Pay special attention to the last three note grouping of our first phrase Eb-Db-Bb in measure two. This is where the fine line of jazz vs blues is defined. In blues while working over the first 8 measures the melodic phrasing is generally not modified where the IV chord appears. This can create "tension". A tension that is naturally resolved as the I chord returns. Generally in blues the melody line only supports the I chord till the turnaround. Whereas in (progression based) Jazz the melody's function primarily serves to support the chord it is being played over. (with exceptions) Qualifiers out of the way we notice that the lick is not transposed for the IV chord it is simply "displaced" to support the IV chord. In short sometimes you don't need to reorganize your thought train for a completely different mode a simple shift of a specific note (Db for D natural) does just fine.
In measures 3&4 we see the same phrase beginning to repeat but because the chord stays on the I chord the melody supports the I chord (Bb) with a classic blues/jazz lick based on the chord.
Measures 4&5 we again see the same Eb pattern supporting the Eb7 chord.
In measures 6&7 things get interesting.... Both the iii7 and the VI7 chords are common substitutions for the I7 chord.
The melodic line ignores the substitution instead playing the same phrase as was used in measures. Three of the Five notes contained in the phrase over Dm7 do not fit the Dm7 chord and yet we somehow survive the tension of the phrase. The next three note grouping F-G-Bb also while being close is not the cigar for the G7 chord. Not the end of the world simply a slight embellishment which functions perfectly for the next measure...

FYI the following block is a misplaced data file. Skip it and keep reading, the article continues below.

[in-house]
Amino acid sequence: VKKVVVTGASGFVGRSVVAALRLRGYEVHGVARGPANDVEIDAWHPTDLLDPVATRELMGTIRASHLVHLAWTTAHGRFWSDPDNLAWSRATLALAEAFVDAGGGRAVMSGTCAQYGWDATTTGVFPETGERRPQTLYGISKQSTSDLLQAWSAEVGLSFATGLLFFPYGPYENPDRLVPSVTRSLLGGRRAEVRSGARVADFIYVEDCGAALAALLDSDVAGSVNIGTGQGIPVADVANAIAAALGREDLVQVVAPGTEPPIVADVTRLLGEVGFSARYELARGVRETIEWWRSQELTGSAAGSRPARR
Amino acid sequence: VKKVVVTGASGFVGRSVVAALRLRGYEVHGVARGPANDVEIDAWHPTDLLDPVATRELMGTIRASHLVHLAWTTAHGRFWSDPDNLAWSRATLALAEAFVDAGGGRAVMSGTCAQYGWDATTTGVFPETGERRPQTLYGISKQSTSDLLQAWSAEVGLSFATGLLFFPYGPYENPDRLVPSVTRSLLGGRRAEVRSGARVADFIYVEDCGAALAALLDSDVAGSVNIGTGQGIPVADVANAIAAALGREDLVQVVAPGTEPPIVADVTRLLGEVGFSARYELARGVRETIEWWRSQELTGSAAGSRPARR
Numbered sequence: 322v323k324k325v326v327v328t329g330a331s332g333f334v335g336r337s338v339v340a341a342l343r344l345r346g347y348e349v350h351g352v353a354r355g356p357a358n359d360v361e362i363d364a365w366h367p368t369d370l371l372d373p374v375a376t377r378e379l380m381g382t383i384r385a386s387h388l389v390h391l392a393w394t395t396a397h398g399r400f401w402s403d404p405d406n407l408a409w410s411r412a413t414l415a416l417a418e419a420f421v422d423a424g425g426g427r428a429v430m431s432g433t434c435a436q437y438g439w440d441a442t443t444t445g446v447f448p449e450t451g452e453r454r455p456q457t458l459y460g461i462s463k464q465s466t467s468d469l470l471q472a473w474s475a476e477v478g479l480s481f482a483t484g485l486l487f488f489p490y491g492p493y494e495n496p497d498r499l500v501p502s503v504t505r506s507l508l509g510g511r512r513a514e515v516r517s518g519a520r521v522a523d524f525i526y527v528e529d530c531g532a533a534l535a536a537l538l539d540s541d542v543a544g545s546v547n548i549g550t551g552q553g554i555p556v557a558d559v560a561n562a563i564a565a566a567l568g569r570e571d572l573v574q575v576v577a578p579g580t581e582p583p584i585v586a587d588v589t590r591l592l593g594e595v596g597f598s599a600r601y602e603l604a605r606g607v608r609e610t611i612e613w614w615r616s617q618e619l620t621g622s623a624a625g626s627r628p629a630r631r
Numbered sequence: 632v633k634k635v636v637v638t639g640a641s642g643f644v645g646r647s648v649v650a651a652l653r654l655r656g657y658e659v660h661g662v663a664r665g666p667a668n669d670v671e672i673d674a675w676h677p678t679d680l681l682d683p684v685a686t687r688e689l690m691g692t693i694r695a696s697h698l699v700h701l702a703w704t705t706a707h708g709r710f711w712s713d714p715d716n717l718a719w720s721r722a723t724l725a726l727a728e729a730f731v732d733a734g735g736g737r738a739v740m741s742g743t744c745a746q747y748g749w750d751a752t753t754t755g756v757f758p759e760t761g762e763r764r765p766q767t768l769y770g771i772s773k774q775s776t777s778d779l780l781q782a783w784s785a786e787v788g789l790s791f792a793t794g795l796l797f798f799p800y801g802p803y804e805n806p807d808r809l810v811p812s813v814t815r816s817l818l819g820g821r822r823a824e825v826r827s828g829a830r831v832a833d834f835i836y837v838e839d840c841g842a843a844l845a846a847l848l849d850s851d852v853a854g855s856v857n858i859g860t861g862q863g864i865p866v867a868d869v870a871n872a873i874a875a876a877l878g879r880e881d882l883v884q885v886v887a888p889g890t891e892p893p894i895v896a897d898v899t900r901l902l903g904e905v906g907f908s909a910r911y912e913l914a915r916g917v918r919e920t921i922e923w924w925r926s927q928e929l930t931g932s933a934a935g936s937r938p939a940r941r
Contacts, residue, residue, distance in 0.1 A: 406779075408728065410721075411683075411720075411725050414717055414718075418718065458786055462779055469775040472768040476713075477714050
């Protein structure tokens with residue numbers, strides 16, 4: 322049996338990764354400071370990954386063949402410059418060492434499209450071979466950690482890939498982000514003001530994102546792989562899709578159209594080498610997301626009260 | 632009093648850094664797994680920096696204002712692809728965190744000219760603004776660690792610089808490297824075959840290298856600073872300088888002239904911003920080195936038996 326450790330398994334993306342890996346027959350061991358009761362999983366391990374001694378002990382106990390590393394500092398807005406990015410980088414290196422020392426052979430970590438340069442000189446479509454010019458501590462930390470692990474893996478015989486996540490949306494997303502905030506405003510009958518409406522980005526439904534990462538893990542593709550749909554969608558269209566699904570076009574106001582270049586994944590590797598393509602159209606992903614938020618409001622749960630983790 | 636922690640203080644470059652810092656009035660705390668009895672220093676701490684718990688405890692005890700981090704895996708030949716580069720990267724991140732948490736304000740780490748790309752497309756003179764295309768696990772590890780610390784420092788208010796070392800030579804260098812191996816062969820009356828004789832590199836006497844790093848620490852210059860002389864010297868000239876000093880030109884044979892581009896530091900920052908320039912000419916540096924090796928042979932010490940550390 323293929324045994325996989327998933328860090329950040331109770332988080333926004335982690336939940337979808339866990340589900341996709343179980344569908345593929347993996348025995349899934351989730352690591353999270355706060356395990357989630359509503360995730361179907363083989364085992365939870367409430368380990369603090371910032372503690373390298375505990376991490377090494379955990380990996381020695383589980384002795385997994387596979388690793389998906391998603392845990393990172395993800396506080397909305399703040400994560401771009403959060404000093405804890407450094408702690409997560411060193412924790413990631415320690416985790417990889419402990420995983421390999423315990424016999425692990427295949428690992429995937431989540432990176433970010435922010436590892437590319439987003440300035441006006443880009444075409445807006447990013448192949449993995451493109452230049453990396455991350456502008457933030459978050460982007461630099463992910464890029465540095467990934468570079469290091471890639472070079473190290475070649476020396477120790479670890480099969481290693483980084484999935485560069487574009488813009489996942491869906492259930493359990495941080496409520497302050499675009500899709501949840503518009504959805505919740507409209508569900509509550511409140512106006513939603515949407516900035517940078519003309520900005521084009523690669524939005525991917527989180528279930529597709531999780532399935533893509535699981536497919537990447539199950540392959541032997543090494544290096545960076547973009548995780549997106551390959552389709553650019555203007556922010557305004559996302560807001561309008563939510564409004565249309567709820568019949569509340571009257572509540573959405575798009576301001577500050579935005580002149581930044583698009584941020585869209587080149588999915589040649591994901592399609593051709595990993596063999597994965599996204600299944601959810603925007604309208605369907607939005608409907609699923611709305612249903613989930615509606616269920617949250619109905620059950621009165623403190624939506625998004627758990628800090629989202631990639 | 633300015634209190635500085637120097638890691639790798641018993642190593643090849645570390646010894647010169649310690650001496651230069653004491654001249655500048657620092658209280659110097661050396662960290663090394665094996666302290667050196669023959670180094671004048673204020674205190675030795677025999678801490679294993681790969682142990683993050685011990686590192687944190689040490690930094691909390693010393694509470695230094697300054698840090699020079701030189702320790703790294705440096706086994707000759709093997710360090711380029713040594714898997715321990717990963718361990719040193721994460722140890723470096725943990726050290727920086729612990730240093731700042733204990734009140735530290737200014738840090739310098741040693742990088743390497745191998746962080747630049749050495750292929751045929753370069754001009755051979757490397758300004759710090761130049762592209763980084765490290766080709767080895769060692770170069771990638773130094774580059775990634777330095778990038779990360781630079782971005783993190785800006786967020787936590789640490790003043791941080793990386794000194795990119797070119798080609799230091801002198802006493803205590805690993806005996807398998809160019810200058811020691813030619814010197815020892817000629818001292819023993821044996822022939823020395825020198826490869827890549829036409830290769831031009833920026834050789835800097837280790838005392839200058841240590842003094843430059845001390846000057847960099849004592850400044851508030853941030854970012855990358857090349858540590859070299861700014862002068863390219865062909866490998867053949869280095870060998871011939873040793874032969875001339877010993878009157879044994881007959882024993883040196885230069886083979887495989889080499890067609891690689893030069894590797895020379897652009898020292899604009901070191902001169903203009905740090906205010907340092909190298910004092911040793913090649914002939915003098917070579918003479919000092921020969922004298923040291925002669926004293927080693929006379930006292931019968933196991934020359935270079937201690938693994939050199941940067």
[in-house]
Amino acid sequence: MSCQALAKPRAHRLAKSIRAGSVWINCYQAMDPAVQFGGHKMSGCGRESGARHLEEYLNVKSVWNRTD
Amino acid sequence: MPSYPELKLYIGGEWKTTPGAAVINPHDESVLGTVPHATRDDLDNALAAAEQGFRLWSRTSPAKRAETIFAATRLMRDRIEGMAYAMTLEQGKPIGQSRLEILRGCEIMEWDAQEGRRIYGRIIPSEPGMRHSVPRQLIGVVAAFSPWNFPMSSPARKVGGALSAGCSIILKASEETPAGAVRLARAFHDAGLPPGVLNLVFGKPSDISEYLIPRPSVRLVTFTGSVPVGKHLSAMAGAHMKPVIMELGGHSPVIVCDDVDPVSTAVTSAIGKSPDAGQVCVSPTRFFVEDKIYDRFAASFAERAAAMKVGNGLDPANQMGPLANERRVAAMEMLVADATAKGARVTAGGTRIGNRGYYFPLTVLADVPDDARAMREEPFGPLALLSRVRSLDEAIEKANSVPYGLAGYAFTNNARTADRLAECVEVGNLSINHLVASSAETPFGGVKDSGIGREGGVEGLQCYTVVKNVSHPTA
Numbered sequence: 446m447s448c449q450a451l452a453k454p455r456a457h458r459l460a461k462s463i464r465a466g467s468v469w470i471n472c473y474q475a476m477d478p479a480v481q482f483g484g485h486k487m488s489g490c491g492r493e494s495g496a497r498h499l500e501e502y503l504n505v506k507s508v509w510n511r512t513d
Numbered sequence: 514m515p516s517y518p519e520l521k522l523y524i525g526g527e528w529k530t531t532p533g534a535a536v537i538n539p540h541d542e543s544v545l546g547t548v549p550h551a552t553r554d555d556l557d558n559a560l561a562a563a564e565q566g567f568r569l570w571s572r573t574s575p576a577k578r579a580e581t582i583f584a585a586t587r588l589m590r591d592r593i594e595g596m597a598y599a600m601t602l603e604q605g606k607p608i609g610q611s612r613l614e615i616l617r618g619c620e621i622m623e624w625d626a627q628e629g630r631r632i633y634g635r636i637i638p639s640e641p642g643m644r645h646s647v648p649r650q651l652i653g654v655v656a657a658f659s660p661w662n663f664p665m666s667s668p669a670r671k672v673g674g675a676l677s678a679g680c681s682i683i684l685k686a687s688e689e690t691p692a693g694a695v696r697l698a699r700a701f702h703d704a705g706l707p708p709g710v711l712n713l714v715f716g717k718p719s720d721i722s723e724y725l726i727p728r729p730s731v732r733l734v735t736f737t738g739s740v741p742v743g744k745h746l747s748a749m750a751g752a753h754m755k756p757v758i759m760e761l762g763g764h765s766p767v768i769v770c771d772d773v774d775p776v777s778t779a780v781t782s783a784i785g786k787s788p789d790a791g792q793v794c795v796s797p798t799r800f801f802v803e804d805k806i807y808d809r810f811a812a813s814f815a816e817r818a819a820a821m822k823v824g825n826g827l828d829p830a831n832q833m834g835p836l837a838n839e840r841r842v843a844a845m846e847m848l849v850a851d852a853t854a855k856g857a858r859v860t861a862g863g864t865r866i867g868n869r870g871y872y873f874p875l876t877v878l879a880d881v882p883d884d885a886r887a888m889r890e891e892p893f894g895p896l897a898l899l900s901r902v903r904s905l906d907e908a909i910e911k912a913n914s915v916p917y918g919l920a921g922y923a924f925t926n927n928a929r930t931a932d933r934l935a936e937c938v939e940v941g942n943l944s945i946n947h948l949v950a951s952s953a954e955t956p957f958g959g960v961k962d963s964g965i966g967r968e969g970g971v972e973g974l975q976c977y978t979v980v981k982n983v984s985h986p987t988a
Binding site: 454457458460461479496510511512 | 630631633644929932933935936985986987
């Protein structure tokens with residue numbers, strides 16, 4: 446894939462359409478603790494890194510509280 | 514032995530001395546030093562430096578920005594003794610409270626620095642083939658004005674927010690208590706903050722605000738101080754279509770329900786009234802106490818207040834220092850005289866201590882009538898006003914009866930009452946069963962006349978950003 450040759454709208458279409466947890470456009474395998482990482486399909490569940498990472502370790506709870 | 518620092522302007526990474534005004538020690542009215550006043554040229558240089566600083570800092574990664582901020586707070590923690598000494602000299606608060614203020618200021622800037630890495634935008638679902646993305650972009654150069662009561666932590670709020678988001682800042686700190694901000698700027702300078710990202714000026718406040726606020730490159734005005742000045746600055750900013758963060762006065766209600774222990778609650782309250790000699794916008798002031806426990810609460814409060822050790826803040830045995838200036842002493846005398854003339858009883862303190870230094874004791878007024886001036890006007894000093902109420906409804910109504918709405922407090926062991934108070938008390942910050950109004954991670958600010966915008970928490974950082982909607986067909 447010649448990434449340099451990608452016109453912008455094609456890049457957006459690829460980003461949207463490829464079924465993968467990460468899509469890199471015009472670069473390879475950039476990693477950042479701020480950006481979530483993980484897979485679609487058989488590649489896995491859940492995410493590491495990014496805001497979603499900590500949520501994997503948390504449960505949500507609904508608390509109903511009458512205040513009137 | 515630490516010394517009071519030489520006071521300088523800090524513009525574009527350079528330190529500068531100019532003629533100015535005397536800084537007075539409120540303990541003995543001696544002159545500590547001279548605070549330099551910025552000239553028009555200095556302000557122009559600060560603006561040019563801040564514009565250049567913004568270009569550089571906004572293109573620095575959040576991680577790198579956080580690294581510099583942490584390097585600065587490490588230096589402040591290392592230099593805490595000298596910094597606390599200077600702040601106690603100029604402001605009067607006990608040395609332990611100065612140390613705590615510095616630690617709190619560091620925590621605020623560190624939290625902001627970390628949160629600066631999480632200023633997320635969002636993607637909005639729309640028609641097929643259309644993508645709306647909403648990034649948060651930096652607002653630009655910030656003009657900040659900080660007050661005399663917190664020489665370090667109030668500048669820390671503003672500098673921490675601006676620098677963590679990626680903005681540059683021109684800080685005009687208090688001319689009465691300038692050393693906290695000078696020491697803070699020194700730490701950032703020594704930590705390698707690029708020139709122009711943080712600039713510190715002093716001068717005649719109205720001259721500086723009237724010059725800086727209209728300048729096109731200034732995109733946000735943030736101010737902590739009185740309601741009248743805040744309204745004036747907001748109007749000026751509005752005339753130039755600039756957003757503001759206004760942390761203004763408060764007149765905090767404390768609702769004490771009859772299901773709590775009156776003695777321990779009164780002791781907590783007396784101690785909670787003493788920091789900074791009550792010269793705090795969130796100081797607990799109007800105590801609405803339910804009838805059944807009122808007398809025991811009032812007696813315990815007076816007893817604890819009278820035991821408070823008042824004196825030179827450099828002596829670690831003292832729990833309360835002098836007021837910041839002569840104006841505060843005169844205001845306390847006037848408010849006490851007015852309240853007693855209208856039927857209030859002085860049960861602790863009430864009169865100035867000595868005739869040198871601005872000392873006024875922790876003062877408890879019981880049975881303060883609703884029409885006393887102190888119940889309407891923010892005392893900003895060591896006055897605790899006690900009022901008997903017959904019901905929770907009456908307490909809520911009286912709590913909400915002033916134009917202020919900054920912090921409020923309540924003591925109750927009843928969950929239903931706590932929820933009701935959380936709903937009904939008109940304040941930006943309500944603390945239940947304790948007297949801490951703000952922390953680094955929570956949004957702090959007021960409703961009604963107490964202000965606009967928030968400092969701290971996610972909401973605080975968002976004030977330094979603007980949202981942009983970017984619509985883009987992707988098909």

The triplets in measure 9 are simply two alternating notes rhythmically displaced. D-Eb as notated we get D-Eb-D then Eb-D-Eb etc. The presence of the Eb note is sufficient in supporting the Cm7 chord. The phrase is escaped by a simple "Basie" maneuver. F over the F7 chord followed by repeating the F note an octave down.
Measures 9&10 also introduce us to the famed "two-five" or ii7-V7 as represented being Cm7-F7 for the key of Bb. While the 12 bar blues is the standard blues form in jazz we have several "common progression" forms, and even more less common progressions which feature the ii7-V7 passage. Sometimes it's within a single measure and sometimes it's drawn out with each chord getting it's own measure. There are an endless parade of jazz licks and lines based on the "two-five" Some are in the context of a larger grouping of phrases such as ii7-V7-i or even I-Vi-ii-V. At any rate if you continue down the jazz path much of your "cred" will come from how well you negotiate ii-V changes.
The last phrase in our song starts on the V7 chord then navigates to the very common jazz turnaround of I7-VI7-ii7-V7
Here we have a fly in the ointment. The more you look at the phrase which starts on the third beat of bar 10 and ends in Bar 12 the more you may struggle with the harmonic rationale for the notes used. "Sometimes a cigar is just a cigar"
And sometimes a phrase is created by using the blues scale. The end of the song is based on the G(minor) blues scale. and the very last two notes of the 12th bar make a great lead in into measure one.
Ready to draw your own analysis? Play along with the home version and download the midi file here -
Note, the supplied midi file has a two measure count in. With some midi players it may displace the actual 12 bar presentation.
Next up a look at improvisational approaches to chords over this very same song...